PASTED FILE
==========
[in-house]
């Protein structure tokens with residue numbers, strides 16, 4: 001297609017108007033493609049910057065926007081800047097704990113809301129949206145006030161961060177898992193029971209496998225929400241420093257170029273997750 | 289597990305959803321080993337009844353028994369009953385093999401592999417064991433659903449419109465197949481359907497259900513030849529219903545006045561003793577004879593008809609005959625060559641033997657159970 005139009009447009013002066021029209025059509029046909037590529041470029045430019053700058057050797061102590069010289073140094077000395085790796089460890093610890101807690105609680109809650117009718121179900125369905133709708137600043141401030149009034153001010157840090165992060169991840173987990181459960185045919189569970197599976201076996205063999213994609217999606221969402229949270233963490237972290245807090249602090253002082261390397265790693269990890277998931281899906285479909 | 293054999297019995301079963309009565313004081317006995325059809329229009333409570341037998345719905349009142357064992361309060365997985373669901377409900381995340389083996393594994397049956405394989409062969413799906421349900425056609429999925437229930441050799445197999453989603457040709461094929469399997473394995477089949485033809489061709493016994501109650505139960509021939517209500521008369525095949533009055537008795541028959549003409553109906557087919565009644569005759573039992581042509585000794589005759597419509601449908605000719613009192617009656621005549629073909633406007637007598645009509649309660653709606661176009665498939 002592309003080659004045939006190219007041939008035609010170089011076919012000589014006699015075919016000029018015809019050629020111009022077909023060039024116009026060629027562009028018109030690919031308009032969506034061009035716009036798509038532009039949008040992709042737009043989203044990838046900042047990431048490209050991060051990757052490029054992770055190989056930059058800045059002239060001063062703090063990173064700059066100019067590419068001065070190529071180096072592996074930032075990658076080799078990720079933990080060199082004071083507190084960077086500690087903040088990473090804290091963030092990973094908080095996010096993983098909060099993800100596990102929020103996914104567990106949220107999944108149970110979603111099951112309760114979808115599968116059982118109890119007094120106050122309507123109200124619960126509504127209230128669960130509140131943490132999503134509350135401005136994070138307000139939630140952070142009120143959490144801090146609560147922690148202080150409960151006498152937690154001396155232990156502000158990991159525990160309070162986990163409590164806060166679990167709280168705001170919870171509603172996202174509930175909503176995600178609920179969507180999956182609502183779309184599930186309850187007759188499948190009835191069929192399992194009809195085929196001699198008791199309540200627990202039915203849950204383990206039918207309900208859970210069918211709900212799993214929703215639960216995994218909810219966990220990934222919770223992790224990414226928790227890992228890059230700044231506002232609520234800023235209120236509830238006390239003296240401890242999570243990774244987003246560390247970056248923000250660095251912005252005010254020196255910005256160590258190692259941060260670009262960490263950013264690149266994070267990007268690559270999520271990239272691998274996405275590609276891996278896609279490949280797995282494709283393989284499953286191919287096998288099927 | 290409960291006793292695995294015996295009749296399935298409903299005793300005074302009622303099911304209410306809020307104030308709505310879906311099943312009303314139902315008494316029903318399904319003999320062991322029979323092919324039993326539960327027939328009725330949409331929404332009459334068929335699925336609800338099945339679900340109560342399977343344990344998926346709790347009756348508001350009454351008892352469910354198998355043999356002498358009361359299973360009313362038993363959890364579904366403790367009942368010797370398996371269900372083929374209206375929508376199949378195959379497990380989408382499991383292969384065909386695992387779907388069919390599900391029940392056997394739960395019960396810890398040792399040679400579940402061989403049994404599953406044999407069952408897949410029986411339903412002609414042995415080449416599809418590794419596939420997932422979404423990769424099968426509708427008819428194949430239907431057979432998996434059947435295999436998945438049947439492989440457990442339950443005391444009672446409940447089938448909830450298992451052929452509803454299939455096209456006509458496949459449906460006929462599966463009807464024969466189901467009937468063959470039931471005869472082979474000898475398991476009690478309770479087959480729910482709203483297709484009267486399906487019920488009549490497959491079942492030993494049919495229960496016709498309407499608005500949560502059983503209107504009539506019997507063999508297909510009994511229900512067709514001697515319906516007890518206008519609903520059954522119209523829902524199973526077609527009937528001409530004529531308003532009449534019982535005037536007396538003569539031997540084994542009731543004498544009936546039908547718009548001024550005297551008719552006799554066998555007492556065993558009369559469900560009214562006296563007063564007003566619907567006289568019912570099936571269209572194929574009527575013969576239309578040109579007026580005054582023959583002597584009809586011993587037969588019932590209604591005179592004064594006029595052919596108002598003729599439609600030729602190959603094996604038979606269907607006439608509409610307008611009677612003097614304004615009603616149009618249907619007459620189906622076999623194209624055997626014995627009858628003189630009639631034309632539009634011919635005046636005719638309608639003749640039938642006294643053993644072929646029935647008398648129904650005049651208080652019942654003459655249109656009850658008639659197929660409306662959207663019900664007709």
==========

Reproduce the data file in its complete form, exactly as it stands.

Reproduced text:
[in-house]
């Protein structure tokens with residue numbers, strides 16, 4: 001297609017108007033493609049910057065926007081800047097704990113809301129949206145006030161961060177898992193029971209496998225929400241420093257170029273997750 | 289597990305959803321080993337009844353028994369009953385093999401592999417064991433659903449419109465197949481359907497259900513030849529219903545006045561003793577004879593008809609005959625060559641033997657159970 005139009009447009013002066021029209025059509029046909037590529041470029045430019053700058057050797061102590069010289073140094077000395085790796089460890093610890101807690105609680109809650117009718121179900125369905133709708137600043141401030149009034153001010157840090165992060169991840173987990181459960185045919189569970197599976201076996205063999213994609217999606221969402229949270233963490237972290245807090249602090253002082261390397265790693269990890277998931281899906285479909 | 293054999297019995301079963309009565313004081317006995325059809329229009333409570341037998345719905349009142357064992361309060365997985373669901377409900381995340389083996393594994397049956405394989409062969413799906421349900425056609429999925437229930441050799445197999453989603457040709461094929469399997473394995477089949485033809489061709493016994501109650505139960509021939517209500521008369525095949533009055537008795541028959549003409553109906557087919565009644569005759573039992581042509585000794589005759597419509601449908605000719613009192617009656621005549629073909633406007637007598645009509649309660653709606661176009665498939 002592309003080659004045939006190219007041939008035609010170089011076919012000589014006699015075919016000029018015809019050629020111009022077909023060039024116009026060629027562009028018109030690919031308009032969506034061009035716009036798509038532009039949008040992709042737009043989203044990838046900042047990431048490209050991060051990757052490029054992770055190989056930059058800045059002239060001063062703090063990173064700059066100019067590419068001065070190529071180096072592996074930032075990658076080799078990720079933990080060199082004071083507190084960077086500690087903040088990473090804290091963030092990973094908080095996010096993983098909060099993800100596990102929020103996914104567990106949220107999944108149970110979603111099951112309760114979808115599968116059982118109890119007094120106050122309507123109200124619960126509504127209230128669960130509140131943490132999503134509350135401005136994070138307000139939630140952070142009120143959490144801090146609560147922690148202080150409960151006498152937690154001396155232990156502000158990991159525990160309070162986990163409590164806060166679990167709280168705001170919870171509603172996202174509930175909503176995600178609920179969507180999956182609502183779309184599930186309850187007759188499948190009835191069929192399992194009809195085929196001699198008791199309540200627990202039915203849950204383990206039918207309900208859970210069918211709900212799993214929703215639960216995994218909810219966990220990934222919770223992790224990414226928790227890992228890059230700044231506002232609520234800023235209120236509830238006390239003296240401890242999570243990774244987003246560390247970056248923000250660095251912005252005010254020196255910005256160590258190692259941060260670009262960490263950013264690149266994070267990007268690559270999520271990239272691998274996405275590609276891996278896609279490949280797995282494709283393989284499953286191919287096998288099927 | 290409960291006793292695995294015996295009749296399935298409903299005793300005074302009622303099911304209410306809020307104030308709505310879906311099943312009303314139902315008494316029903318399904319003999320062991322029979323092919324039993326539960327027939328009725330949409331929404332009459334068929335699925336609800338099945339679900340109560342399977343344990344998926346709790347009756348508001350009454351008892352469910354198998355043999356002498358009361359299973360009313362038993363959890364579904366403790367009942368010797370398996371269900372083929374209206375929508376199949378195959379497990380989408382499991383292969384065909386695992387779907388069919390599900391029940392056997394739960395019960396810890398040792399040679400579940402061989403049994404599953406044999407069952408897949410029986411339903412002609414042995415080449416599809418590794419596939420997932422979404423990769424099968426509708427008819428194949430239907431057979432998996434059947435295999436998945438049947439492989440457990442339950443005391444009672446409940447089938448909830450298992451052929452509803454299939455096209456006509458496949459449906460006929462599966463009807464024969466189901467009937468063959470039931471005869472082979474000898475398991476009690478309770479087959480729910482709203483297709484009267486399906487019920488009549490497959491079942492030993494049919495229960496016709498309407499608005500949560502059983503209107504009539506019997507063999508297909510009994511229900512067709514001697515319906516007890518206008519609903520059954522119209523829902524199973526077609527009937528001409530004529531308003532009449534019982535005037536007396538003569539031997540084994542009731543004498544009936546039908547718009548001024550005297551008719552006799554066998555007492556065993558009369559469900560009214562006296563007063564007003566619907567006289568019912570099936571269209572194929574009527575013969576239309578040109579007026580005054582023959583002597584009809586011993587037969588019932590209604591005179592004064594006029595052919596108002598003729599439609600030729602190959603094996604038979606269907607006439608509409610307008611009677612003097614304004615009603616149009618249907619007459620189906622076999623194209624055997626014995627009858628003189630009639631034309632539009634011919635005046636005719638309608639003749640039938642006294643053993644072929646029935647008398648129904650005049651208080652019942654003459655249109656009850658008639659197929660409306662959207663019900664007709």